The New York Health Act will establish a trust fund that pools federal funding from Medicare, Medicaid, children’s health plans and other federal entitlements. A progressive payroll tax on income and a capital gains tax on unearned income will also be paid into the fund. These sources of funding will replace health care premiums, deductibles, and copays. This is vitally important: the health act creates new taxes, but those taxes replace all other health care spending. 98% of all households will be spending less on health care under the New York Health Act.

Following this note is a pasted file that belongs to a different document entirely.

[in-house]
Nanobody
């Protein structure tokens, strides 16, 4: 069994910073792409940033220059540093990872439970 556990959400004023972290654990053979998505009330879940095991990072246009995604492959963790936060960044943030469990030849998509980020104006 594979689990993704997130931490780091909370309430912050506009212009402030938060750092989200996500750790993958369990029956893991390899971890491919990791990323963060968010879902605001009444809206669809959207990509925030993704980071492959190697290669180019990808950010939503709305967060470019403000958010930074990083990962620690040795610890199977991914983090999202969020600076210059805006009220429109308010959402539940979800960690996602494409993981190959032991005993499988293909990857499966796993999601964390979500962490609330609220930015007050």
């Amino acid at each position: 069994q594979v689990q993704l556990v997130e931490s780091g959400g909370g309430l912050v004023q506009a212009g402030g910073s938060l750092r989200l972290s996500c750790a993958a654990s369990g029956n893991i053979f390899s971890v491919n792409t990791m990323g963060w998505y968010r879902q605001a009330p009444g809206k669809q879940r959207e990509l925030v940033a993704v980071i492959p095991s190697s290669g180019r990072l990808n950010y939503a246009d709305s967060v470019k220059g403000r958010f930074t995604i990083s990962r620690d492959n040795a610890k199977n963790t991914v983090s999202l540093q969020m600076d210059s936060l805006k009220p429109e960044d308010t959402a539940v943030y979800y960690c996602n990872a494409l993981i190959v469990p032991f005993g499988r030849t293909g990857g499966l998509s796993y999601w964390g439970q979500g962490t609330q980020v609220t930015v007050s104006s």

While it is funded through taxes based on ability to pay, it relieves tax burdens in other areas. For example, New York is one of the only states that requires counties to contribute to Medicaid. The New York Health Act will shift those costs from the county back to the appropriate level of government – the state. This will reduce counties’ costs significantly. In 2012, Erie County paid $242 million into Medicaid, which is equal to 82% of what the county collected in property taxes. Eliminating the local share of Medicaid will give Erie County the ability to lower property taxes, create an emergency surplus for economic downturns, rebuild infrastructure like failing roads and bridges, and fund other important programs.